Before officially establishing the Web Performance Lab, we did some early performance optimizations of LoadStorm.com. One of those was to install a WordPress plugin called W3 Total Cache (W3TC), which is a plugin designed to enable all kinds of server-side and client-side caching. Two of the features we enabled are types of server caching, and they were “page caching” and “cache preload”.

Page caching allows for web pages to be stored in the server’s RAM for faster access times. Cache preloading pre-fills the server cache using an XML sitemap and periodically loads pages into it automatically. For more information regarding web performance optimization caching strategies, we have provided detailed instruction on various forms of caching.

Both features were enabled during the benchmark tests. In order to test how much those two features boosted performance, we’d need to turn them back off again. So this may seem backwards, but we needed to proceed with the experiment from existing state of our site. By turning the caching off, we will see the decrease in performance. If all goes as expected, the load times we get from these tests should be slower than the benchmark since we are disabling optimizations.

How To Implement

If you’ve installed W3TC into your WordPress site, you probably already have these enabled. To enable or disable page caching or cache preloading through W3TC, it’s simply a matter of flipping a couple of switches on the WordPress dashboard.

You can find detailed instructions on how to enable page caching and cache preload from W3TC in this article or this video.

Results

First let’s look at disabling page caching altogether.

Page Caching On/Off

With page caching enabled (on the benchmark), we can see that total load time dropped by 46%, nearly cutting it in half. Instead of loading pages from disk memory, the server is loading them from its internal cache on RAM, making retrieval times much faster.

Okay, now let’s look at what disabling cache preload does…

Cache Preload On/Off

Umm…well that was interesting. Disabling cache preload actually reduced load time by 14%. We expected Cache Preload to have a positive effect on performance, but it had the opposite result. It’s still unclear why this happened.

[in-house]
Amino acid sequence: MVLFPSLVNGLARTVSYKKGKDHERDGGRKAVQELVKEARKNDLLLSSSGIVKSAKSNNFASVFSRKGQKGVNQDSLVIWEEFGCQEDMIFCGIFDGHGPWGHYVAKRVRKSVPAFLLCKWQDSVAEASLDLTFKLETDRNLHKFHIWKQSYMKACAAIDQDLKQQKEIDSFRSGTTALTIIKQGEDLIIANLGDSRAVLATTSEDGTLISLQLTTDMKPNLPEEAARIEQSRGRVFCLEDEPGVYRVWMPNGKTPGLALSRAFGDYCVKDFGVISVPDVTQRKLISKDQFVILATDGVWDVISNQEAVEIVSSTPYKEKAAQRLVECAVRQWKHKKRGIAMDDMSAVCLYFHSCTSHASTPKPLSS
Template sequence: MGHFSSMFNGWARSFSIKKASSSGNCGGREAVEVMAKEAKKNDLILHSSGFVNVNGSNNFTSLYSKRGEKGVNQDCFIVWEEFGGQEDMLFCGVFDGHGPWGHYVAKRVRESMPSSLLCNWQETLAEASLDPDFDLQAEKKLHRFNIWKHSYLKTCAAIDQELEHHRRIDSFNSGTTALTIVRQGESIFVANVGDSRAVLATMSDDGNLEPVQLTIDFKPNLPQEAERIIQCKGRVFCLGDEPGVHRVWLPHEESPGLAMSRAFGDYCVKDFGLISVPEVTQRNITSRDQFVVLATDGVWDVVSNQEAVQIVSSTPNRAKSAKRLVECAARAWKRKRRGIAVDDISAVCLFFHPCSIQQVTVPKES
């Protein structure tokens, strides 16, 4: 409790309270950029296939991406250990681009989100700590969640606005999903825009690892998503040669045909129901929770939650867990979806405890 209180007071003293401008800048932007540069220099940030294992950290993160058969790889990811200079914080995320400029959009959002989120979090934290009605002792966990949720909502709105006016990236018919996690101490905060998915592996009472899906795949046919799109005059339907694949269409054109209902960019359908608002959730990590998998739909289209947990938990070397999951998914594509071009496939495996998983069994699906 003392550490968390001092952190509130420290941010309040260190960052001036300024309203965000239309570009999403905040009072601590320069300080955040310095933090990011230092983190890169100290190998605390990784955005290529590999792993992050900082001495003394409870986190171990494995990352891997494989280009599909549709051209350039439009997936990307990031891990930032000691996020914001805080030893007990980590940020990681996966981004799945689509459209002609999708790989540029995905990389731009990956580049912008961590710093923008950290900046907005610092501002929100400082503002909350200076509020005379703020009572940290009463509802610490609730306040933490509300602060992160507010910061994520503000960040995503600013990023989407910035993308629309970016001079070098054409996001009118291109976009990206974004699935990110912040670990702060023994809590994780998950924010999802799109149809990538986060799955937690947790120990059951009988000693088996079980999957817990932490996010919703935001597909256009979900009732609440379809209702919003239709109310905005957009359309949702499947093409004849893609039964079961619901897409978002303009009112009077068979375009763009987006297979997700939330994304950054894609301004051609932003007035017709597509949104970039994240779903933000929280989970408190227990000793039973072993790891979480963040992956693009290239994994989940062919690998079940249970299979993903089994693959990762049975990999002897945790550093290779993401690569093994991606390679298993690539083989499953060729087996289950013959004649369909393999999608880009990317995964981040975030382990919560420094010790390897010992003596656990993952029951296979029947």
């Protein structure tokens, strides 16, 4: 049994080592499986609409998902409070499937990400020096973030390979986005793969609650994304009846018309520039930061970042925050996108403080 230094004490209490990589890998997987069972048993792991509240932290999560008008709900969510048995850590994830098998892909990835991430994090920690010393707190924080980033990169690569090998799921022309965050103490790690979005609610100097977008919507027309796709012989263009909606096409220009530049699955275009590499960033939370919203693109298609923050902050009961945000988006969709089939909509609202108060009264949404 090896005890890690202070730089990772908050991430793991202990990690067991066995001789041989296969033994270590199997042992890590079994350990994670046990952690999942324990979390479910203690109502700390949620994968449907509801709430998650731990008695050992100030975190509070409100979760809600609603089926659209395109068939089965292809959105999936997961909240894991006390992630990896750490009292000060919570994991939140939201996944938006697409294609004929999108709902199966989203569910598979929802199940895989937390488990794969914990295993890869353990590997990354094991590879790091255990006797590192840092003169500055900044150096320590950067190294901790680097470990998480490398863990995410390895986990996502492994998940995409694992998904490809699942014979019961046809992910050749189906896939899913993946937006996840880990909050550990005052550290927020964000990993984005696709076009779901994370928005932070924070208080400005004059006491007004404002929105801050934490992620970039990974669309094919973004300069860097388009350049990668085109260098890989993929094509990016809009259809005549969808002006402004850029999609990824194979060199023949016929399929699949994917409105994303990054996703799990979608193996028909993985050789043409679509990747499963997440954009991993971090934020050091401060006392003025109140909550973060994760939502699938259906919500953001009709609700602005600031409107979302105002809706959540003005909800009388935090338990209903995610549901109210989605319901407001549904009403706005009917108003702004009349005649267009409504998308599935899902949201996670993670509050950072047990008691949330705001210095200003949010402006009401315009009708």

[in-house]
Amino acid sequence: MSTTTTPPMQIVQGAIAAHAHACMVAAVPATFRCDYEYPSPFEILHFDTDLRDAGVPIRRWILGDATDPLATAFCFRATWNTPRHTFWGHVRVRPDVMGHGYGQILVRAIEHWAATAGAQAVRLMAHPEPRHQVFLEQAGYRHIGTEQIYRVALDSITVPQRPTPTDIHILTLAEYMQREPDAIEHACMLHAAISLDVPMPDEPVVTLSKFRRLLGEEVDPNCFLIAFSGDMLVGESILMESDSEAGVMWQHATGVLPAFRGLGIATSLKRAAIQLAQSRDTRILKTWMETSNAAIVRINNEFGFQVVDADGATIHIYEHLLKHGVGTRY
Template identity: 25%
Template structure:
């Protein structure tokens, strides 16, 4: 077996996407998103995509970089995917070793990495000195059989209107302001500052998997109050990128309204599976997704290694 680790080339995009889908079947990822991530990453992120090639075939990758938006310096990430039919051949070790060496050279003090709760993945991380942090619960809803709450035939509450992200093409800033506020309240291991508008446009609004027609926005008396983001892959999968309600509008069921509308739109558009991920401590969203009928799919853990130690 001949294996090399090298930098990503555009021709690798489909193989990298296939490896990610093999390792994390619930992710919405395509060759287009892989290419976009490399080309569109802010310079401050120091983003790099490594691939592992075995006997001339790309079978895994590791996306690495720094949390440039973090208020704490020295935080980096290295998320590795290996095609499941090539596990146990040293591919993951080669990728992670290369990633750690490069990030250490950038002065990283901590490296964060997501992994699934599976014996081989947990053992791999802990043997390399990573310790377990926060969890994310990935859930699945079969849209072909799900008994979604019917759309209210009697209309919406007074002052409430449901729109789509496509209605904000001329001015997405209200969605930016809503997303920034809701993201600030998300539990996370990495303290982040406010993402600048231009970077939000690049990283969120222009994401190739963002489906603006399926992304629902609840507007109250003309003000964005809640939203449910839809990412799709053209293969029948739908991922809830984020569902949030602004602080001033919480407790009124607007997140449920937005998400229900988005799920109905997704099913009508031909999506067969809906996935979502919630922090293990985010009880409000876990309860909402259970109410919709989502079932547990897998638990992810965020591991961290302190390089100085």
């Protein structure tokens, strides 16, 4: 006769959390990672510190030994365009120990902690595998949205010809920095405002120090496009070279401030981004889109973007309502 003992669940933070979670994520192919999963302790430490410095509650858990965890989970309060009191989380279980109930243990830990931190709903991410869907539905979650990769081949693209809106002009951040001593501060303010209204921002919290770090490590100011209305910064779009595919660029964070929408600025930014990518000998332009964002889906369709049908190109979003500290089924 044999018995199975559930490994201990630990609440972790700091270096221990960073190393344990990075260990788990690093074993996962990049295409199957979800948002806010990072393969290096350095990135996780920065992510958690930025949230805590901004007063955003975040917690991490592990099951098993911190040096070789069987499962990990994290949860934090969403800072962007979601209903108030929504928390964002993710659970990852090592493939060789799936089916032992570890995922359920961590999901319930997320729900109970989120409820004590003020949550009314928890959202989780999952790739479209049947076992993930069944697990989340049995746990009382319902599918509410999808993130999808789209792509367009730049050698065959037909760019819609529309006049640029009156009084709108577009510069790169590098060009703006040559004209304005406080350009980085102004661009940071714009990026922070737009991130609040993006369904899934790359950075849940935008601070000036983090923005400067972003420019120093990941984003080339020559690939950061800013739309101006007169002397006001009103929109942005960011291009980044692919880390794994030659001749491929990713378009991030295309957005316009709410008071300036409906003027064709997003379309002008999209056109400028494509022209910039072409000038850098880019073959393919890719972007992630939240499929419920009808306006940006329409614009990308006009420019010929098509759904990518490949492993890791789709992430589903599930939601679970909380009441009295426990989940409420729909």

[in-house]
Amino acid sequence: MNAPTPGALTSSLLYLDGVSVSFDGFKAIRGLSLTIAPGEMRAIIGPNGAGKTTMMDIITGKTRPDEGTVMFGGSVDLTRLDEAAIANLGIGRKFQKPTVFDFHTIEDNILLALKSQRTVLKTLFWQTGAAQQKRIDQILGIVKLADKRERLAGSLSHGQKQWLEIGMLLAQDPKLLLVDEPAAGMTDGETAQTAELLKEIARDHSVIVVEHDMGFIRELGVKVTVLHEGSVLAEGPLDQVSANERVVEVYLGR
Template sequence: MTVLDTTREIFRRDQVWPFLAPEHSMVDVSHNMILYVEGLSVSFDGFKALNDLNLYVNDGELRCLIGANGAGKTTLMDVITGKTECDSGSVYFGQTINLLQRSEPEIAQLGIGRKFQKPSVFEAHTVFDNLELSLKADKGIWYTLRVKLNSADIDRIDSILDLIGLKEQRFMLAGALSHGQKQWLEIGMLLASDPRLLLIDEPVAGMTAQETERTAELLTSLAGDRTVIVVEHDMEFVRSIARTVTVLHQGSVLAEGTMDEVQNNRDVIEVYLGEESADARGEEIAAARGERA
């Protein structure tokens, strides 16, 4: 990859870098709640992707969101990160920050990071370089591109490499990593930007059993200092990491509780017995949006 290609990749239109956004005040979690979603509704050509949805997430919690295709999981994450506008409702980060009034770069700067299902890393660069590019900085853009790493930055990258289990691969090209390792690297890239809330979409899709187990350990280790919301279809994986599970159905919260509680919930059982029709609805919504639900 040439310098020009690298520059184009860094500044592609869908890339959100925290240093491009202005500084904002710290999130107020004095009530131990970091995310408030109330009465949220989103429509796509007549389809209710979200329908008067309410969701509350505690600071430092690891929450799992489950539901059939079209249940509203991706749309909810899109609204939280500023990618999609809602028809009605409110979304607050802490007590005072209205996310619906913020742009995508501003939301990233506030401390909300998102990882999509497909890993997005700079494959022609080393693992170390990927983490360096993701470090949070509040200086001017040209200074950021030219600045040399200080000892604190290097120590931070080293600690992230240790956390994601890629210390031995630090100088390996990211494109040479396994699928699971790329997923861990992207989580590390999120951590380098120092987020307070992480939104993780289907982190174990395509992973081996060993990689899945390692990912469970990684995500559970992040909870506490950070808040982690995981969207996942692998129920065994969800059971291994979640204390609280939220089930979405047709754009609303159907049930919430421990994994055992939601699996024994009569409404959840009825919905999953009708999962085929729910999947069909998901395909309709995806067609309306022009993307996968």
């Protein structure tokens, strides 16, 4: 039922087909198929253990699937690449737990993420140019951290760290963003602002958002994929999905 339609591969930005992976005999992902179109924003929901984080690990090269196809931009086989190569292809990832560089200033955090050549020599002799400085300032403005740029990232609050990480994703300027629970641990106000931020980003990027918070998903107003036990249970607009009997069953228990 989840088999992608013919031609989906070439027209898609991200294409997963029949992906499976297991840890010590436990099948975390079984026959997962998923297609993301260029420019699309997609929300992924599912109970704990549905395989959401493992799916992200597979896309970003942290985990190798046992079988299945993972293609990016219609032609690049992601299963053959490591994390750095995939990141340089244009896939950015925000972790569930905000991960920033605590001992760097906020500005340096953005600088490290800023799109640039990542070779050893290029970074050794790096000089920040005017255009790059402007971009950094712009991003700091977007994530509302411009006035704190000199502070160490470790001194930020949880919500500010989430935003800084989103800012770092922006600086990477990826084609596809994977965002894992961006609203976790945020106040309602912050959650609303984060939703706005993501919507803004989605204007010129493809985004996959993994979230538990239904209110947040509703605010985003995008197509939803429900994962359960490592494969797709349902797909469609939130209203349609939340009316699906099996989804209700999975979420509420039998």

Cache preload only affects the very first person to access the page. Doing multiple tests back to back (like we did) without emptying the cache in-between should give similar results to not having cache preload enabled at all. If page caching already has all of the pages in memory, then cache preload wouldn’t have any additional resources to put in memory; thus, no improvement and no decrease on performance.

Since W3TC requires page caching to be enabled in order for cache preload to work, they must not have a complementary effect. Perhaps there is a coding conflict that introduces additional overhead in processing cache preload – enough to reduce performance by 14%. Perhaps cache preload kept putting the wrong pages into the cache since it refreshes the page cache every 900 seconds. (We were only accessing 3 pages out of the hundreds on our website.)

After hours of research on the W3TC plug-in, I still have no answers to this unexpected outcome. No one else has documented cache preload causing lower performance.

Bottom Line

Undeniably, having W3 Total Cache installed on our website tremendously improved performance. Out of all the optimizations we tested for this first project, enabling page caching clearly had the greatest impact on performance. W3TC Page Caching cut the load times in half. Put another way, it doubled the site’s speed for delivering pages.

Enabling cache preload, however, seemingly had a negative impact on performance. We will be following up on this with a better setup later on. More work for the Web Performance Lab – more data for us to analyze.

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